Gluten, a protein composite found in wheat, barley and rye, is the component which gives flour dough its elastic texture helping it rise and keep it shape. Gluten has been a popular plant protein worldwide and has been a part of human food cycle for nearly thousand years.
However, gluten induces adverse health effects like abdominal bloating, gas, diarrhoea, vomiting and severe headaches in people with coeliac disease or gluten intolerance. The disease's prevalence can vary from one region to another from as few as one in 300 people to as many as one in 40 people.
As there is no cure for gluten intolerance and the present treatment are limited to addressing the symptoms, the only solution available for people with gluten intolerance is to avoid any food with natural or added gluten.
However, this step is not as easy as it sounds since most of the over-the-counter and ready-to-eat food products we purchase at supermarkets and patisseries are filled with gluten. Gluten is not just found in basic ingredients like wheat flour that is generally used in bread and pastries, but is also added to the bread and pastry dough to increase the dough's ability to rise and improve the dough's chewiness and structure.
In short, gluten is the ingredient that helped your bread feel and look like bread for the last few centuries and gluten is one of the main plant proteins found in many grain varieties that are staples in the Western civilisation.
However, the good news is that most of the Sri Lankan grain varieties and grain-based flour are gluten free and are nutritious and tasty into the bargain. Sri Lankan traditional dishes feature a large variety of gluten free carbohydrates in the form of traditional rice, rice flour, red millet, orid flour; lentils such as gram, mung, cow pea; yams such as manioc and sweet potato, bread fruit and jack.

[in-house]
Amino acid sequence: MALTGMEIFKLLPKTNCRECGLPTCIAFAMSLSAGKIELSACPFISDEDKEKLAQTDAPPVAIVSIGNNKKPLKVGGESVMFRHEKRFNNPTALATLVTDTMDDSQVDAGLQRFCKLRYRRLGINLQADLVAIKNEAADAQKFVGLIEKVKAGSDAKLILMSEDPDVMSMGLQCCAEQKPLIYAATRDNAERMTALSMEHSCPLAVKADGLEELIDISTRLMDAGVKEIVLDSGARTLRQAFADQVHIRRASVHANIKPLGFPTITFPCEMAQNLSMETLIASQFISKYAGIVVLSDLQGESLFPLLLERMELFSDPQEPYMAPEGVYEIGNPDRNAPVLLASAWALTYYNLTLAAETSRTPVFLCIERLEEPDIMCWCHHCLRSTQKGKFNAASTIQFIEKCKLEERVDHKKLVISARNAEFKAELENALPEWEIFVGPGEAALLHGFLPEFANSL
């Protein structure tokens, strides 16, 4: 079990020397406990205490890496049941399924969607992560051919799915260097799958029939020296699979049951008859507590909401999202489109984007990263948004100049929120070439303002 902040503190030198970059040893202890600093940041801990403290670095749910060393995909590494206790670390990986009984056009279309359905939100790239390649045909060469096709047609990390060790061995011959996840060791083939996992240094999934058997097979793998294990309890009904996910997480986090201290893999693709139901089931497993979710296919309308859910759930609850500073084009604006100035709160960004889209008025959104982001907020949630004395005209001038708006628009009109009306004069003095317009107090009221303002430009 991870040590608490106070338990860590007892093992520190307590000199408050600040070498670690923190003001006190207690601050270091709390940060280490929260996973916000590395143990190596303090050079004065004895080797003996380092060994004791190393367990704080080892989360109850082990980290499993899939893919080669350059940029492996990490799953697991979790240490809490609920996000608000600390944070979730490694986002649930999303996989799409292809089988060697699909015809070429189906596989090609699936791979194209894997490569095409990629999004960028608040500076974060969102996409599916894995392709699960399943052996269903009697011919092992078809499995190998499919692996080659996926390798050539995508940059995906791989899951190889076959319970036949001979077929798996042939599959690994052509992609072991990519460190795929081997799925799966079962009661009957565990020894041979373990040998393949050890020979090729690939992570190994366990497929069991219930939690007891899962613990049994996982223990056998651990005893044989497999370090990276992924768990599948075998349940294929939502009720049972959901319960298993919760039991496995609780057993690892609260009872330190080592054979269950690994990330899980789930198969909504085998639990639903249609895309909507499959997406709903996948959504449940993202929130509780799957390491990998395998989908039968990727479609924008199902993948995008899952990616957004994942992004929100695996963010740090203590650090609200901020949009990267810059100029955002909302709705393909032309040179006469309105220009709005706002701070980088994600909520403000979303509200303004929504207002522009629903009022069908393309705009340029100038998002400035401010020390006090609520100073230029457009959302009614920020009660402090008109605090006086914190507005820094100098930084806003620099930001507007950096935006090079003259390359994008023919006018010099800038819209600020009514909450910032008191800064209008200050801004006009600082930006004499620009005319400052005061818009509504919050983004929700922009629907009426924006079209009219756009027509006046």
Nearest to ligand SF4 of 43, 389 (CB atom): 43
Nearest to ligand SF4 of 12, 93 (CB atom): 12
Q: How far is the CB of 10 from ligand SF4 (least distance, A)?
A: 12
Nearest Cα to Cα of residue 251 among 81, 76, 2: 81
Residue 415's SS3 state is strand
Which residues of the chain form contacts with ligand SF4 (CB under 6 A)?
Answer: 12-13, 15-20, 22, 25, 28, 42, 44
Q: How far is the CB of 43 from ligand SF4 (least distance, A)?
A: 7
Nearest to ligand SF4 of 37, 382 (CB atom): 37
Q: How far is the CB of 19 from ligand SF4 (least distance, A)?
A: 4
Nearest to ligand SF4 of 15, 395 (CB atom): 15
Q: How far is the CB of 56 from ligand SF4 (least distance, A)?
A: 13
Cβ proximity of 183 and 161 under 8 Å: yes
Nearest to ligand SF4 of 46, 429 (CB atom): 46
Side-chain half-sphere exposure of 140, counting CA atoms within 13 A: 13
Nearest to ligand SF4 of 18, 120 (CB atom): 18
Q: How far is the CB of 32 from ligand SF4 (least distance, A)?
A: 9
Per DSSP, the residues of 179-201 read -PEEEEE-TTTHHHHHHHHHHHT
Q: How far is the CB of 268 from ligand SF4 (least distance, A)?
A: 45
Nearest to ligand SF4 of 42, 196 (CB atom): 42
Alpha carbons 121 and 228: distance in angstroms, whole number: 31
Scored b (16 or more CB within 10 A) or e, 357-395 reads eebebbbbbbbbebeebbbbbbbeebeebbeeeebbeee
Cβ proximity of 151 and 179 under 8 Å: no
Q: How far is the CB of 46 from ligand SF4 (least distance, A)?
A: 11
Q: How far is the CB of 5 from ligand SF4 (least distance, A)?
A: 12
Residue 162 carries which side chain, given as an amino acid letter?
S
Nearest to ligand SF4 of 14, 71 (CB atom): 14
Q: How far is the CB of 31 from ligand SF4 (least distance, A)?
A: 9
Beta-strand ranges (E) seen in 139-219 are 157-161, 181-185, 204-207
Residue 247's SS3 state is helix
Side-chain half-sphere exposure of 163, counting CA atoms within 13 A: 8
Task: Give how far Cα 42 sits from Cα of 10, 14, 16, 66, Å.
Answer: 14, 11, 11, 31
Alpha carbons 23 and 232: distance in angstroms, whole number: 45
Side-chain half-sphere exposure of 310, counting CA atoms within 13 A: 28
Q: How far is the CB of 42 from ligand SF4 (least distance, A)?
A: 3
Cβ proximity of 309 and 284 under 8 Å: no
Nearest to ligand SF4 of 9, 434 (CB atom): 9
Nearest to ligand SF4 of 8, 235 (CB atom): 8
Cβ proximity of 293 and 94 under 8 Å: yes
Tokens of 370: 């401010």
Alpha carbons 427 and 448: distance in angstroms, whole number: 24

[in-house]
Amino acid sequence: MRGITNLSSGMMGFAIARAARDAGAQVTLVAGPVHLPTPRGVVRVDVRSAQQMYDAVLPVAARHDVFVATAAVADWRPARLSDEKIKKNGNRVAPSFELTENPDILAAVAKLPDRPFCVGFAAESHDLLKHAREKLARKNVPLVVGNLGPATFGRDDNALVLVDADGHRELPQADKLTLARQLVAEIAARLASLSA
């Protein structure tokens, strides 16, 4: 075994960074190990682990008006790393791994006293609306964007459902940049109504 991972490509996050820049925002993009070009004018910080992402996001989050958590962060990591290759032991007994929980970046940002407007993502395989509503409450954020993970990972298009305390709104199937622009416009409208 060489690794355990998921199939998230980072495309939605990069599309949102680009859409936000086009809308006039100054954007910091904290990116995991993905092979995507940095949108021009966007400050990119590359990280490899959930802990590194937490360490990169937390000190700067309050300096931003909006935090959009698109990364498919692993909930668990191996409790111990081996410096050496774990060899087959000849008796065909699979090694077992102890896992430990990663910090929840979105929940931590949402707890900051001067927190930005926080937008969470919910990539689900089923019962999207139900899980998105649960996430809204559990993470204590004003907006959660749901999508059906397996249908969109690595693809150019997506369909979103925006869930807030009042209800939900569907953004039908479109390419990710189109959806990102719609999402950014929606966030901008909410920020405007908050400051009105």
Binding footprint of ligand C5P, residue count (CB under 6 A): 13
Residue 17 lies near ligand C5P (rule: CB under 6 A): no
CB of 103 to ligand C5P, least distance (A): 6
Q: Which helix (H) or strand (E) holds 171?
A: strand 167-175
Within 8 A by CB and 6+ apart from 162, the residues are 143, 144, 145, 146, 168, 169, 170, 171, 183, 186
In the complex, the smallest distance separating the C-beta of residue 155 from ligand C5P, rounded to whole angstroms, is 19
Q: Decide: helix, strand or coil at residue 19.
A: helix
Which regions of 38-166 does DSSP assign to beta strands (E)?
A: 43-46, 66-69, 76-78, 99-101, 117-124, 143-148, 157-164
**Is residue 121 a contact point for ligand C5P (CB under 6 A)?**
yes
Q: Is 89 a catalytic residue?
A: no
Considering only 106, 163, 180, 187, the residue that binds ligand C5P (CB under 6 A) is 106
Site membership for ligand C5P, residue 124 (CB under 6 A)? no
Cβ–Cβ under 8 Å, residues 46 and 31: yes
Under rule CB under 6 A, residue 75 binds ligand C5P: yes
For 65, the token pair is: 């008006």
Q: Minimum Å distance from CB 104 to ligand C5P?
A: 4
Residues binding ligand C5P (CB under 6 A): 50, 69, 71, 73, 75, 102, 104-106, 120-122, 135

Sri Lankan bakers have also succeeded in producing gluten-free bread and other bakery products with rice flour and red millet flour, which are now available in the market. Moreover, leading local food manufacturers have developed new and innovative ways to exclude gluten loaded wheat products from our diets by maximising the use of gluten-free and highly nutritious local ingredients in breakfast cereals, ready-to-eat food products, confectioneries and bakery products made for local and global markets.
Among an array of local produce that are gluten-free, coconut flour, rice flour, red millet and orid flour based products command the biggest demand from the global consumers. Heirloom rice varieties, instant preparation mixtures for string hoppers, rotti and pancake made with flour rice and rice noodle, biscuits and crackers made with rice flour and red millet flour and pre-cooked yam slices are among the traditional gluten free products, that have been introduced to the international markets by Sri Lankan food producers.